For years now, the Surfrider Foundation, the Snook Foundation, and the City of Lake Worth have been fighting the Town of Palm Beach over its dream of renourishing a section of beach known as Reach 8. In 2005, the town asked for a permit to fill in the eroding beach with sand taken from offshore. The town had already completed a similar project on a section of beach known as Reach 7, near Phipps Ocean Park.
There were lots of problems with the plan, environmentalists said. First, the sand that the town proposed bringing in was not the same size as the sand that naturally occurs on the beach. A recommended order issued last week by administrative law judge Robert Meade explains that sand used in the Reach 7 project was too fine and caused the water to be cloudy and turbid, making it incompatible for nearshore coral-studded reefs that are federally designated "Essential Fish Habitats." If incompatible sand were used again in the Reach 8 project, "gill cavities of the fish will fill with fine sediment and the fish will suffocate," the document states.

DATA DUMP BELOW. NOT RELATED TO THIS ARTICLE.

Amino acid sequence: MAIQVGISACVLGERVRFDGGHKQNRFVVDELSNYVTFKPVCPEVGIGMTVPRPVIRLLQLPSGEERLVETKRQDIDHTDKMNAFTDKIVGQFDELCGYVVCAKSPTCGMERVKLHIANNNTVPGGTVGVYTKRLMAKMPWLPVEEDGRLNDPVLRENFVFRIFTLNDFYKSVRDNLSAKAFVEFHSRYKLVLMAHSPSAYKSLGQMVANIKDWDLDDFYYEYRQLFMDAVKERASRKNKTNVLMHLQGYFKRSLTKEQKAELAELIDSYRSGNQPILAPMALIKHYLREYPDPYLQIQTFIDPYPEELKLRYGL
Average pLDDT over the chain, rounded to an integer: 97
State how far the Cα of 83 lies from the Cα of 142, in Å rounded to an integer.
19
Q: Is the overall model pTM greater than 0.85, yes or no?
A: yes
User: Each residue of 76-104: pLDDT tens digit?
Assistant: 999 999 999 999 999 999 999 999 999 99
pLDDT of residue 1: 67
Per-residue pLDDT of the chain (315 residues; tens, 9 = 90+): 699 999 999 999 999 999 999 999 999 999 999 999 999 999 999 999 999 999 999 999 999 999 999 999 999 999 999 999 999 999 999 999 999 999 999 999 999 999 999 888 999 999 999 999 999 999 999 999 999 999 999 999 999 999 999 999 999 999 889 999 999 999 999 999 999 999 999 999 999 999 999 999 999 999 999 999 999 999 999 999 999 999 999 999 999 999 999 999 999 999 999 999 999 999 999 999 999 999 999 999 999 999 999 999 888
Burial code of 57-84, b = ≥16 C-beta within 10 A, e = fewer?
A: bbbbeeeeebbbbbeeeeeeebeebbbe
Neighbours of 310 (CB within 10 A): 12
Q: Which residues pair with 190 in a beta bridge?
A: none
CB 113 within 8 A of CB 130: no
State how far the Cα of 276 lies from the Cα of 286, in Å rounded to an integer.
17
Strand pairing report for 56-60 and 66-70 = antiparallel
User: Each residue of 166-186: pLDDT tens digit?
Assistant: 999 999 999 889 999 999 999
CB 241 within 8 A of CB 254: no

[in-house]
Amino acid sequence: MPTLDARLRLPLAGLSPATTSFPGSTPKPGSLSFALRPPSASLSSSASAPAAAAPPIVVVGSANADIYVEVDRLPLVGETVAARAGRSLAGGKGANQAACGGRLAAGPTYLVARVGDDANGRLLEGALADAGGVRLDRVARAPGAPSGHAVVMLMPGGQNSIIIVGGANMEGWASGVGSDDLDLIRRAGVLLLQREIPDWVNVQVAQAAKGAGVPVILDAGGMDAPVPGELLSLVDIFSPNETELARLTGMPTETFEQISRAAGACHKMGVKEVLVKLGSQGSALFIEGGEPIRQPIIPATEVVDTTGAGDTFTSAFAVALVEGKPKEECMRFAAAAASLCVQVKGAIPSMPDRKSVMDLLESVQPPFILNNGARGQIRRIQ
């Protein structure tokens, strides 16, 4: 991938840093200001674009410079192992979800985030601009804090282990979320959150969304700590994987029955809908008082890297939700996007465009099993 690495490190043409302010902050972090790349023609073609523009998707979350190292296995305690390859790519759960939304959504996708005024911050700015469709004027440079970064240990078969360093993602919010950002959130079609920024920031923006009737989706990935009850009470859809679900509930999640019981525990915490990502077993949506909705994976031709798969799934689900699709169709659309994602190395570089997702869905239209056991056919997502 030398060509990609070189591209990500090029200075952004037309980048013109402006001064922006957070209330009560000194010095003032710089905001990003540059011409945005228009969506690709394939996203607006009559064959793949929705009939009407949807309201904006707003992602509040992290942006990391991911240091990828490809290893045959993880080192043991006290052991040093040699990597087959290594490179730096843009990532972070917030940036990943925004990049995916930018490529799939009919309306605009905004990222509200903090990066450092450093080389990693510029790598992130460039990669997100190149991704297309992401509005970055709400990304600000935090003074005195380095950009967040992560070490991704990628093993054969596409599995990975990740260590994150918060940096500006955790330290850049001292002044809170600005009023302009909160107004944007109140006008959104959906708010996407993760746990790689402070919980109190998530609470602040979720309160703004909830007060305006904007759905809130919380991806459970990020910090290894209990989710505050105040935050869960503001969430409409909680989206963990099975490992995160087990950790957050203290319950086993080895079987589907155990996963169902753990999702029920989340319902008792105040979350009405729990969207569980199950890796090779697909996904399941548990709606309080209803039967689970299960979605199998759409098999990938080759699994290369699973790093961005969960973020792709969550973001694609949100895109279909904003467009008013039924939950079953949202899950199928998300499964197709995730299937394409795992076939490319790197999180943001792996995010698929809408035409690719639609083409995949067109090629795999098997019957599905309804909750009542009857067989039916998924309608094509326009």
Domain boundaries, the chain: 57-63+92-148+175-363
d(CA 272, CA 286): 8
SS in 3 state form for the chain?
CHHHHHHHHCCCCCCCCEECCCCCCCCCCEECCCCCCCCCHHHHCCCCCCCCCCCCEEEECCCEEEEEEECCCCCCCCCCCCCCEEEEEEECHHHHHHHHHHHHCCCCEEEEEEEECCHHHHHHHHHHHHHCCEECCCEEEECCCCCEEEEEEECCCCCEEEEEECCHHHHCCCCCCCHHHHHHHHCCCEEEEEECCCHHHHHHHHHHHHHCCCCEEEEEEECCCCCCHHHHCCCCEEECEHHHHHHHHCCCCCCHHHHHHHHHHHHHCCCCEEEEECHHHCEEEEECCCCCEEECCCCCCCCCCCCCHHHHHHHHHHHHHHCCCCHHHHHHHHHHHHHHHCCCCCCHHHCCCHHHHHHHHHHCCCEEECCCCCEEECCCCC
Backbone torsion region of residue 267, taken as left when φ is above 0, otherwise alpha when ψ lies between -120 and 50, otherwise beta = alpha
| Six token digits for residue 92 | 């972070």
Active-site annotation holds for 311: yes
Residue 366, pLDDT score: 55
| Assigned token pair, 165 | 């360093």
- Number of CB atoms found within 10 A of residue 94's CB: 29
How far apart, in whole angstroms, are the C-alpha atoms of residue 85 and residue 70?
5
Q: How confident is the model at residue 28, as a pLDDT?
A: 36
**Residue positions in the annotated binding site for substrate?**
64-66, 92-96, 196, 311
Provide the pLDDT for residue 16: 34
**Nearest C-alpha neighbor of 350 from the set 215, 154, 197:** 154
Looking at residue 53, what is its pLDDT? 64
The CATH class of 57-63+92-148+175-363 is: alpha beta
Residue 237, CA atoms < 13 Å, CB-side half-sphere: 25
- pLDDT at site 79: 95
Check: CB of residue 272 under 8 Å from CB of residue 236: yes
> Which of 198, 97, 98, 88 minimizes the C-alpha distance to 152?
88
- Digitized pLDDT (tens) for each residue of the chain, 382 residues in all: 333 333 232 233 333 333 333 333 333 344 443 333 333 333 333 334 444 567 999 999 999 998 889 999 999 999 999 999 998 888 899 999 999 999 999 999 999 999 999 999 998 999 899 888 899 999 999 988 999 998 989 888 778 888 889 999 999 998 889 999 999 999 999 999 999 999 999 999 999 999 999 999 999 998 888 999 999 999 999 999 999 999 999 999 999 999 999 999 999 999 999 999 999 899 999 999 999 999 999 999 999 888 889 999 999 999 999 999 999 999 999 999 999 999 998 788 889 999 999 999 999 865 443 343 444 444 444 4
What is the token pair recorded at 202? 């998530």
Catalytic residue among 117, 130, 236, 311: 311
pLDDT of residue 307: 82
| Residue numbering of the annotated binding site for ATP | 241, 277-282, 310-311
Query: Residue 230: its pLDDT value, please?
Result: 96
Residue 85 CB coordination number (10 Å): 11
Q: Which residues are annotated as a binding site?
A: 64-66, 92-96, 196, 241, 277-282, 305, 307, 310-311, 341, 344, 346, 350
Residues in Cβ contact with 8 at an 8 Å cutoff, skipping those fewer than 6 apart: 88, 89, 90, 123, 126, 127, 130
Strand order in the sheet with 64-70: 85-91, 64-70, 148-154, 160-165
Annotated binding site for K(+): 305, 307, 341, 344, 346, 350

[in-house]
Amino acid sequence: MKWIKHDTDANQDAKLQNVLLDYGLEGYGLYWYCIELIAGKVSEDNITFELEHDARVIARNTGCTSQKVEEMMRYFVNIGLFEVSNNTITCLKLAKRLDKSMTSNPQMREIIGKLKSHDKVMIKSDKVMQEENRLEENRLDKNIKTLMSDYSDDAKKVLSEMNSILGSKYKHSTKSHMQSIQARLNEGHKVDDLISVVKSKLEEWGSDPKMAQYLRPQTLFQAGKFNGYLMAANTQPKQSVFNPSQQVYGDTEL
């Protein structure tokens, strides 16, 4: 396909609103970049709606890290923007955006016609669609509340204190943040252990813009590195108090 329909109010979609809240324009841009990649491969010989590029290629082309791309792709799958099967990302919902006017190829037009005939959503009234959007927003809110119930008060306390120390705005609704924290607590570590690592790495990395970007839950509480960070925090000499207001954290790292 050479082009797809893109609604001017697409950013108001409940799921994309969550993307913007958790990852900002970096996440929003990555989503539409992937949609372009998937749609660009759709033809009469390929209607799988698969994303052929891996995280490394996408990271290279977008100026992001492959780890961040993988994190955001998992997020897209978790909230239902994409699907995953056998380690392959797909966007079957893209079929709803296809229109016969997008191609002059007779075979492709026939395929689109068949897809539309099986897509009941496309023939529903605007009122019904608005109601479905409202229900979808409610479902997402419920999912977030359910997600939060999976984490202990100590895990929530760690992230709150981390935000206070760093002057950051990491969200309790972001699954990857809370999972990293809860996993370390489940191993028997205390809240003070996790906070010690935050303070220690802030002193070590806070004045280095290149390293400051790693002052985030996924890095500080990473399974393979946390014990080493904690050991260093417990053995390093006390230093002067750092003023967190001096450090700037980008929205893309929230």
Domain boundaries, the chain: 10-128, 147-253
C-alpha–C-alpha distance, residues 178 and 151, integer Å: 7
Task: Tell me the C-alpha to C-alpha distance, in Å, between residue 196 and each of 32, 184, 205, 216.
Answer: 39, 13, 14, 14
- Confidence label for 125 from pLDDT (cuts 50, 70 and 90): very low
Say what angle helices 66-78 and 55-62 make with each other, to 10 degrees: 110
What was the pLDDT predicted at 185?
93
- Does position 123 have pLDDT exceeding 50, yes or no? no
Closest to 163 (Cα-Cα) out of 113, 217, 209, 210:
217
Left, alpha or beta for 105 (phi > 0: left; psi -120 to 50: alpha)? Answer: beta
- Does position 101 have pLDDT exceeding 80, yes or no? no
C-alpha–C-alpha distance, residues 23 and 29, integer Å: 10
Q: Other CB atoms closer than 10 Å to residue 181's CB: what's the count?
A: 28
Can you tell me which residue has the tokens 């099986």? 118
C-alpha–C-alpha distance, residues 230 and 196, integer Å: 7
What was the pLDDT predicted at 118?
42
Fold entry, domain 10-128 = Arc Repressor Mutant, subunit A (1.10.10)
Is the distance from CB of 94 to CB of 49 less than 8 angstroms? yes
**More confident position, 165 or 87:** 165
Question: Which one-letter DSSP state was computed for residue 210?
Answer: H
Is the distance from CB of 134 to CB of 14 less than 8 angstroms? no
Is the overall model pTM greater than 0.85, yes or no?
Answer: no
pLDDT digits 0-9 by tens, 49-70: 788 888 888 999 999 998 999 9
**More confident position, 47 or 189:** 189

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On top of that, experts alleged that filling in 6.9 acres of hardbottom could destroy algae, sponges, and coral at the bottom of the food chain. Experts who testified both for and against the project agreed that juvenile sea turtles would probably die. Species like mole crabs and coquina clams might have trouble adjusting to the new sand, and the project might also ruin the local surf break and make the water too cloudy for snorkeling. "Swimming would probably cease," Judge Meade wrote, "as the turbid waters would discourage nearly all persons from entering them on the grounds of aesthetics and safety, not just from shark attacks, but also from collision with any unseen hardbottom."
Judge Meade sided with the environmentalists when he suggested that the Department of Environmental Protection deny the permit once and for all. The case now goes to DEP head Michael Sole, who should approve or deny the permit by June.
In Meade's ruling, he called out the Boca Raton company, Coastal Planning & Engineering (CPE), that developed the Palm Beach plan. CPE, he said, had relied on faulty modeling to try to support the town's application. He called one of CPE's modeling tests an "irredeemable failure." Their reliance on a system called GENESIS was "an embarrassment," he said, and the only reason he could see for their trying to hold it up as solid was that "Palm Beach wanted to commence construction within five months." He added that "the main effect of GENESIS in this case is to cast doubt on CPE's other assurances concerning the performance of this project." Other municipalities may want to take note: According to its website, CPE is handling approximately 30 projects in Florida (including Broward County) and others from Massachusetts to Texas.